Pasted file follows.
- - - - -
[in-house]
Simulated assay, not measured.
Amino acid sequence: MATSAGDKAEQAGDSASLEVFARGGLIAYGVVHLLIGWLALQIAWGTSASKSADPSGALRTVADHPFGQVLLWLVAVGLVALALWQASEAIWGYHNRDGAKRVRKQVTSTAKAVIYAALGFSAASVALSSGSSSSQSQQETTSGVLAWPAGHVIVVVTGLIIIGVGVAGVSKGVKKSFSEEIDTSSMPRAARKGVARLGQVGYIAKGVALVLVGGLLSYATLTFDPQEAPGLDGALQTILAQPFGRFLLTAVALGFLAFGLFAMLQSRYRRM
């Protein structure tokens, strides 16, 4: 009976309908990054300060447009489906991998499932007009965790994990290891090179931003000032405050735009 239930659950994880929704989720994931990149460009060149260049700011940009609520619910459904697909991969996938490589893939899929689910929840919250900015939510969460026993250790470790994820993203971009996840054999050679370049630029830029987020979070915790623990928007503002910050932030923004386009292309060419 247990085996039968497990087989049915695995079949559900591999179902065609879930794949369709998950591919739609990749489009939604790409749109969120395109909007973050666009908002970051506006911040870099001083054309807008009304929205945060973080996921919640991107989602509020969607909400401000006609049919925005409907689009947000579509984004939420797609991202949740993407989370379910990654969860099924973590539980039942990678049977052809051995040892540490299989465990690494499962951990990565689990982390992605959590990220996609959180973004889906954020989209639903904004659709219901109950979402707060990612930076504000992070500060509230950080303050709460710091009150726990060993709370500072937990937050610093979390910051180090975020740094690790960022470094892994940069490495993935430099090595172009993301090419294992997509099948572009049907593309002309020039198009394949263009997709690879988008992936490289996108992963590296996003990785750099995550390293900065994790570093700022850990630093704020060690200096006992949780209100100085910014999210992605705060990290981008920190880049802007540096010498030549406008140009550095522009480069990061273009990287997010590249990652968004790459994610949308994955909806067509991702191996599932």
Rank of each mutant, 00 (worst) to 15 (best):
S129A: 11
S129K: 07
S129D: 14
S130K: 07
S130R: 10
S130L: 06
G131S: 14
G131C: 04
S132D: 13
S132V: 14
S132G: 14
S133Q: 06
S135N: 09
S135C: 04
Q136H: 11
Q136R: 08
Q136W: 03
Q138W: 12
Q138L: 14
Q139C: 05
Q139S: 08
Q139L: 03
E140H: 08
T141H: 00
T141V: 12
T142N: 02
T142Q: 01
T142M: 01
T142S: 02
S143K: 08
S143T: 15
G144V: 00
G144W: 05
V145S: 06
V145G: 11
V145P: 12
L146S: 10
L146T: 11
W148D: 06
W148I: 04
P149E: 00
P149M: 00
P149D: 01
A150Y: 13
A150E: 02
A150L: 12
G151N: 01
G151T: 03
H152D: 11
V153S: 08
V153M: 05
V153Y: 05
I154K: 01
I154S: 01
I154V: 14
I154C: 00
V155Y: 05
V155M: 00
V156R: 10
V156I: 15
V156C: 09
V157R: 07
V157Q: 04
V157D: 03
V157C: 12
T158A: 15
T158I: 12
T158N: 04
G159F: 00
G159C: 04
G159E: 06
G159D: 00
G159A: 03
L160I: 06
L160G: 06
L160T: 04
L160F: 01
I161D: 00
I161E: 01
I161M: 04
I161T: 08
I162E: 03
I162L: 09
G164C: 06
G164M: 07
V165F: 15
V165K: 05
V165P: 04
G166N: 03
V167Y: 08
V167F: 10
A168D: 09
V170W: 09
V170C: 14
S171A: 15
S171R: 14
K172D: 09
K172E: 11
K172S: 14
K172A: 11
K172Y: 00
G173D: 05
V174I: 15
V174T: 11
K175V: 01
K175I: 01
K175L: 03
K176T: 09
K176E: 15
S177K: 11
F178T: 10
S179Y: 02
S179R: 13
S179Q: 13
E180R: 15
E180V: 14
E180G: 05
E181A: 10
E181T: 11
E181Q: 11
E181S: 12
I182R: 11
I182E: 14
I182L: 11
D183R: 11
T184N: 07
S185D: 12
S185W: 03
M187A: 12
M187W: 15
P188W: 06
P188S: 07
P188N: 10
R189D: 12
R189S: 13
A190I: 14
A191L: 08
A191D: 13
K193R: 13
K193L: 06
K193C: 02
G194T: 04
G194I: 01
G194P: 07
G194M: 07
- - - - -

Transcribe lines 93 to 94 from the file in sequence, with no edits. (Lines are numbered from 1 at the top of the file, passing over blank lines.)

V165P: 04
G166N: 03